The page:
Tuesday, April 22, 2008

A New "Green Day"

There is much talk about "mother earth," being "green," and preserving our environment.

Use better light bulbs. Turn off the lights early. Turn off the TV. Turn off the computer. Drive less.

Going out to eat means using more resources (which already exist at home), especially fast food restaurants with disposable products. Entertainment means more driving and more electricity usage.

In fact, working around the house every day--yard work, car work, basement repair--all use energy.

What if we, as a nation, decided to take a day off from all this energy consumption and disposable waste. An entire day could be "green" and make everybody feel better (both from the liberal guilt and from work in general).

If it got popular enough, it could be a weekly "green" day.
One day in seven.
Hmmmm....

How about the Christian Sabbath--Sunday?

Although not the central point of the day, it turns out those ornery Puritans had something right after all.

SDG

8 comments:

james3v1 said...

so are you going to find a place to live within walking distance of your Sabbath worship?

I like your application of the 4th Comm--but being consistent with it is also good.

polymathis said...

Mmmmm...I think you took the post too literally (especially given my WCF/Puritan belief--not Jewish belief). The fact that the day is "green" is incidental to the spirit of the Day and my post is a way of putting my thumb in the eye of liberal greenies.

polymathis said...

Maybe I should use a sarcasm emoticon? :-)

james3v1 said...

I don't remember any cars being around during the puritan days.

So the resting your ox and your manservant? No application there?

I actually think that, assuming for a moment that pollution is a problem and that greenhouse gases may be also (which I'm not ready to grant the second, btw) that your sarcastic suggestion is a nice way to talk about God's creation.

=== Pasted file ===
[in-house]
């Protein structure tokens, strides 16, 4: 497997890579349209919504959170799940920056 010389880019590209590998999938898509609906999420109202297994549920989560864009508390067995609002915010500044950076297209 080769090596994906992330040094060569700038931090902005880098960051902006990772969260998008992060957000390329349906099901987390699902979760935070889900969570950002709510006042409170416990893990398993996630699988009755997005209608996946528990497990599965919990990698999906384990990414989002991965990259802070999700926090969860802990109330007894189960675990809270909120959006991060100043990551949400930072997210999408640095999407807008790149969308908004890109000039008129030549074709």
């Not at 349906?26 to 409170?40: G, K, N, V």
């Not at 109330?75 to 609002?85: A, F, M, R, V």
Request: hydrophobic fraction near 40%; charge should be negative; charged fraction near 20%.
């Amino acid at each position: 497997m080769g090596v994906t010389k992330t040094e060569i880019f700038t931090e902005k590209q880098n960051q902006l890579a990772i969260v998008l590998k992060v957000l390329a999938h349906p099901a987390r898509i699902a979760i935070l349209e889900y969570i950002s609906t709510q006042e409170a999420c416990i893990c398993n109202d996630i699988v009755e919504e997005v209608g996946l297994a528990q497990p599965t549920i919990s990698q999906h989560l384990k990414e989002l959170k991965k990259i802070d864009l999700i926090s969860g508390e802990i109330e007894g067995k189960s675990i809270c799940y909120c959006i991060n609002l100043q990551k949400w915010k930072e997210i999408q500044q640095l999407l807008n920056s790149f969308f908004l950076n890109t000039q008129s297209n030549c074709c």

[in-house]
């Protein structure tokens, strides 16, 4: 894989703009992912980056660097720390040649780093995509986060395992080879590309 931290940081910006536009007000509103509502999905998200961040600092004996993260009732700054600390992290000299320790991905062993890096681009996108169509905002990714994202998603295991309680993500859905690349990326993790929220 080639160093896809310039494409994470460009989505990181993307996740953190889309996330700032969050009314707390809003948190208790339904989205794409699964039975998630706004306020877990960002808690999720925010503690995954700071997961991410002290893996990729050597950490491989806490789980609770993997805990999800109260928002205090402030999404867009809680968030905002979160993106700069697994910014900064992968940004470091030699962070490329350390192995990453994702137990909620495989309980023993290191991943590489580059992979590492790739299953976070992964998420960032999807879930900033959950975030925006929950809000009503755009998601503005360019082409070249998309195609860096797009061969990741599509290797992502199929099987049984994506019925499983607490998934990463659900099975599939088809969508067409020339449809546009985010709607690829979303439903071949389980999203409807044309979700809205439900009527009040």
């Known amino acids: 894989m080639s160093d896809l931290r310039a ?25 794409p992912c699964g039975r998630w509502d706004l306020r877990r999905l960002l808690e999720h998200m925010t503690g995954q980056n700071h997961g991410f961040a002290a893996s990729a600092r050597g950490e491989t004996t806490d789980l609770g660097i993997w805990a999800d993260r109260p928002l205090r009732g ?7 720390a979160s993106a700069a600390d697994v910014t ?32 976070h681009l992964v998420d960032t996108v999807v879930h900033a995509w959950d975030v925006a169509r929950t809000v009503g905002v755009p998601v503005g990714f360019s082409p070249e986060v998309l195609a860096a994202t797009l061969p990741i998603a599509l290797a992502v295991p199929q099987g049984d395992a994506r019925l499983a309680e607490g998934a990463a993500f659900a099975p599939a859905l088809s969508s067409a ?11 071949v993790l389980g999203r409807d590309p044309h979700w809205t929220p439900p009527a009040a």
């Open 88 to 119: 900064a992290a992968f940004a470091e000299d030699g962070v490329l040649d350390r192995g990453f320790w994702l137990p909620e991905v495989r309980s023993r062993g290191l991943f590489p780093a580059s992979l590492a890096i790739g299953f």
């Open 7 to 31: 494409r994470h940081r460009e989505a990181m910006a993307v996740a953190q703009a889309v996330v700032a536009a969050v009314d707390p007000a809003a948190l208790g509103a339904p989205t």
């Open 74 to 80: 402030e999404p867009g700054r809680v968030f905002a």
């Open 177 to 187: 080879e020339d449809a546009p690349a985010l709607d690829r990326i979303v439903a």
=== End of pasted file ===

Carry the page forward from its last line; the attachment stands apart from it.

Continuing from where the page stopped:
See, the Sabbath is a day for rest, including rest for creation, and if the world shut down (including highways and cars and such) one day out of seven we might find all kinds of good things happening.

And so you and I can argue later about whether the puritans would have driven cars on the Sabbath or not (and neither of us will win) but what you meant as sarcasm I actually think is a fine suggestion.

polymathis said...

(Nice photo).

Well, we are partially talking past each other: I do acknowledge the "green effect" of the Lord's day ("The fact that the day is "green" is incidental"), but I do believe it is incidental to the day. Many good benefits can happen (and do not necessarily have to happen) in obedience to God's law. "Incidental" does not mean "inconsequential". It is sarcasm insofar as it dovetails with the language of the idols of greenism ( a new word!).

I just wish we could find another word than "green"--its already been hijacked!

boinky said...

how do you cook without either using electricity, natural gas, or a wood/charcoal fire that produces pollution?

Do you wear clothes you spun and wove yourself? Do you dig a hole in your garden so you don't waste water flushing the toilet?

Your heart is in the right place, but you obviously have never seen people living without harming creation using your definition...

You need to learn another word: Stewardship. You use but not abuse nature.

Live simply, get rid of excess

But I've worked in Africa where people lived very poor and very basic...and it sucked.

Benjamin P. Glaser said...

{sarcasm}

Promoting the Sabbath? That is just legalism!!!


{/sarcasm}

Wes White said...

Shawn,

I think this is a great point. I know that you were being sarcastic (in part!), but it does help make the point of the usefulness of the Sabbath.

I will use this as part of my presentation in making the Sabbath. One reason I think this is particularly helpful is because so many younger people are "green" conscious (sp?).